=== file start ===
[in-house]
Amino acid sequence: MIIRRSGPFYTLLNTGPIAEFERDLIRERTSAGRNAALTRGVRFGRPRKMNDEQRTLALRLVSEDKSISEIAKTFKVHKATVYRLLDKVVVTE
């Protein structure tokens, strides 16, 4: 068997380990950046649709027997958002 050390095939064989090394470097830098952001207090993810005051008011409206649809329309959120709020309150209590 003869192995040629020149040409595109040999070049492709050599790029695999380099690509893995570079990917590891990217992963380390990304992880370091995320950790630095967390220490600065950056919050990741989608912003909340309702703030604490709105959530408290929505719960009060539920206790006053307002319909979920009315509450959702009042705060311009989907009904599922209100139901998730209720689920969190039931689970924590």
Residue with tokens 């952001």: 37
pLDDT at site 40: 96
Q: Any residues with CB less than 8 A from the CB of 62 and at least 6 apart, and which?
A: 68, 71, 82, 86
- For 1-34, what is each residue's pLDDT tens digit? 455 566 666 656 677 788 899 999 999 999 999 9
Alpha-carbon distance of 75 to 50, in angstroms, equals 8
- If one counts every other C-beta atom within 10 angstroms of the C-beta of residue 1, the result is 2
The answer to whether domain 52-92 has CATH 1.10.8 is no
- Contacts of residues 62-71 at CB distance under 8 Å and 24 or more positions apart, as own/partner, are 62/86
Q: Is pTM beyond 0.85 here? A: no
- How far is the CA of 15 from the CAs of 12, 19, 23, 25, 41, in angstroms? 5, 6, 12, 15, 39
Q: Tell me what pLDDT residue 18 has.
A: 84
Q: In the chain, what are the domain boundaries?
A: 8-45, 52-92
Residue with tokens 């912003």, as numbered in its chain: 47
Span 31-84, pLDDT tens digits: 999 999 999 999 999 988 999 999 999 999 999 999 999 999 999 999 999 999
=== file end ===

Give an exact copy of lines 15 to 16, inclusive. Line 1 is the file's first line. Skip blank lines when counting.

Q: Tell me what pLDDT residue 18 has.
A: 84